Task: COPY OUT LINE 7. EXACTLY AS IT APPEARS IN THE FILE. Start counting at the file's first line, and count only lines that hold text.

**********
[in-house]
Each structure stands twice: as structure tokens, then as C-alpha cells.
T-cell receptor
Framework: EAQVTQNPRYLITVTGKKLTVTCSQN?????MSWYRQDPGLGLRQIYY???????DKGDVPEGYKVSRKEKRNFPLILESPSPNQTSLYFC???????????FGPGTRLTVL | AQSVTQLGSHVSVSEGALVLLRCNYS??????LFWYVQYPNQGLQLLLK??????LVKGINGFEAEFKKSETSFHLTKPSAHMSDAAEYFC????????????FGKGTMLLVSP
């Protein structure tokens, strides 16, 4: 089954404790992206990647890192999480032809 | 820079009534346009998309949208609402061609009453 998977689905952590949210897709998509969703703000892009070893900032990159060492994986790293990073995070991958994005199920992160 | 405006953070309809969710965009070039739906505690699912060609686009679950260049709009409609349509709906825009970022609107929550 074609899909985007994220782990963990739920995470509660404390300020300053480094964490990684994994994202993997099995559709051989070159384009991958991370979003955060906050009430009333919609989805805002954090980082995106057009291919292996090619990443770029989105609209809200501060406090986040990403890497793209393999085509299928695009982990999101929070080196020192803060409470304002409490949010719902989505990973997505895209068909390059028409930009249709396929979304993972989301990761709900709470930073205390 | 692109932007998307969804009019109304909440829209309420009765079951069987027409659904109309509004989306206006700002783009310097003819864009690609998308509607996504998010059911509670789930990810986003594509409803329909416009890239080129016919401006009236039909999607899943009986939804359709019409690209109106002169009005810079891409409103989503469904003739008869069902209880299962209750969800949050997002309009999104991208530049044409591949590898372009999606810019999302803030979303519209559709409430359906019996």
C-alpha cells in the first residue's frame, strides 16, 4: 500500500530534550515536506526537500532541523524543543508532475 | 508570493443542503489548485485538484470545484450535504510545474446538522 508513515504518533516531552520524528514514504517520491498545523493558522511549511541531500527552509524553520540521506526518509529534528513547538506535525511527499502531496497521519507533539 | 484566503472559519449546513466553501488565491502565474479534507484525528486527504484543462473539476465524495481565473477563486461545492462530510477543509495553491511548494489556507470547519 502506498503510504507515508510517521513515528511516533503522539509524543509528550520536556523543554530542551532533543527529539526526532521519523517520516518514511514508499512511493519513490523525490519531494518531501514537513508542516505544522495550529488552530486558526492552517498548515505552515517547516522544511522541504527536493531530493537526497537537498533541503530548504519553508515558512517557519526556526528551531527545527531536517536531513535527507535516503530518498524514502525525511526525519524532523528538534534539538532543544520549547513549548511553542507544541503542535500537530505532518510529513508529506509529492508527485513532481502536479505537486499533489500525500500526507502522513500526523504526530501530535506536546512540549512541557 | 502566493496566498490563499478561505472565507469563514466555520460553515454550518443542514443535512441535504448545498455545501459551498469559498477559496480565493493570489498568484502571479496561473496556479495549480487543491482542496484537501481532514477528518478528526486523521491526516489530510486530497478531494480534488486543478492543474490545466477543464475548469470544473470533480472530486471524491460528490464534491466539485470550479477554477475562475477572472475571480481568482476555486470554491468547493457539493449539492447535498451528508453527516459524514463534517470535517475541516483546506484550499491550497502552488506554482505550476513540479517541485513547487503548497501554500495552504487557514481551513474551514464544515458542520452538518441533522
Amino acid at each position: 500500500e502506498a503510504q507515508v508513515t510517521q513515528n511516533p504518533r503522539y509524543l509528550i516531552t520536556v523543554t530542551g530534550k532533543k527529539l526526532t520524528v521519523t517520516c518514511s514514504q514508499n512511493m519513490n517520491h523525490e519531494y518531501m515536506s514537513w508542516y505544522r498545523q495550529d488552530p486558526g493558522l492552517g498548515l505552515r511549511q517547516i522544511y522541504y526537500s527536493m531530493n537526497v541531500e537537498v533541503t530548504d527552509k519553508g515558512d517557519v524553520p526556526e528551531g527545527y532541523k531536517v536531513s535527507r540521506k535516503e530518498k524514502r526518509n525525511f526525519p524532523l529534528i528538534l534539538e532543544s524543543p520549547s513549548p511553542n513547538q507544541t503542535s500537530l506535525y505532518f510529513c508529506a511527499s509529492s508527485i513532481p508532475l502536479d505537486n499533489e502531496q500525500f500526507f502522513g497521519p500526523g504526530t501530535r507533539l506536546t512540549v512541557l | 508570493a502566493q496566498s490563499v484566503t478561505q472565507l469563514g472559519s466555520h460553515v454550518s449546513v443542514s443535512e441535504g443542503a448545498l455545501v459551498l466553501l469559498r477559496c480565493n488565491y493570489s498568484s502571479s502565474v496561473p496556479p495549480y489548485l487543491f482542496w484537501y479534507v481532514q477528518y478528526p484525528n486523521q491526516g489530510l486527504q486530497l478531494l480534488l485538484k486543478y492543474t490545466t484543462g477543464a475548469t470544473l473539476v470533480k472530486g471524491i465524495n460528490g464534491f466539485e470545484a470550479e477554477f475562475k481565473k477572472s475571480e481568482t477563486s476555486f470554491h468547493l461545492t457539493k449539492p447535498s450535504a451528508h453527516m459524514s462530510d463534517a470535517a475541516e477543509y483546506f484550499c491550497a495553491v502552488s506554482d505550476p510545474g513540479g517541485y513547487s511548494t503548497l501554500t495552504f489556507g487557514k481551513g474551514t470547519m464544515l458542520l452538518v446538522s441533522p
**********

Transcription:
Amino acid at each position: 500500500e502506498a503510504q507515508v508513515t510517521q513515528n511516533p504518533r503522539y509524543l509528550i516531552t520536556v523543554t530542551g530534550k532533543k527529539l526526532t520524528v521519523t517520516c518514511s514514504q514508499n512511493m519513490n517520491h523525490e519531494y518531501m515536506s514537513w508542516y505544522r498545523q495550529d488552530p486558526g493558522l492552517g498548515l505552515r511549511q517547516i522544511y522541504y526537500s527536493m531530493n537526497v541531500e537537498v533541503t530548504d527552509k519553508g515558512d517557519v524553520p526556526e528551531g527545527y532541523k531536517v536531513s535527507r540521506k535516503e530518498k524514502r526518509n525525511f526525519p524532523l529534528i528538534l534539538e532543544s524543543p520549547s513549548p511553542n513547538q507544541t503542535s500537530l506535525y505532518f510529513c508529506a511527499s509529492s508527485i513532481p508532475l502536479d505537486n499533489e502531496q500525500f500526507f502522513g497521519p500526523g504526530t501530535r507533539l506536546t512540549v512541557l | 508570493a502566493q496566498s490563499v484566503t478561505q472565507l469563514g472559519s466555520h460553515v454550518s449546513v443542514s443535512e441535504g443542503a448545498l455545501v459551498l466553501l469559498r477559496c480565493n488565491y493570489s498568484s502571479s502565474v496561473p496556479p495549480y489548485l487543491f482542496w484537501y479534507v481532514q477528518y478528526p484525528n486523521q491526516g489530510l486527504q486530497l478531494l480534488l485538484k486543478y492543474t490545466t484543462g477543464a475548469t470544473l473539476v470533480k472530486g471524491i465524495n460528490g464534491f466539485e470545484a470550479e477554477f475562475k481565473k477572472s475571480e481568482t477563486s476555486f470554491h468547493l461545492t457539493k449539492p447535498s450535504a451528508h453527516m459524514s462530510d463534517a470535517a475541516e477543509y483546506f484550499c491550497a495553491v502552488s506554482d505550476p510545474g513540479g517541485y513547487s511548494t503548497l501554500t495552504f489556507g487557514k481551513g474551514t470547519m464544515l458542520l452538518v446538522s441533522p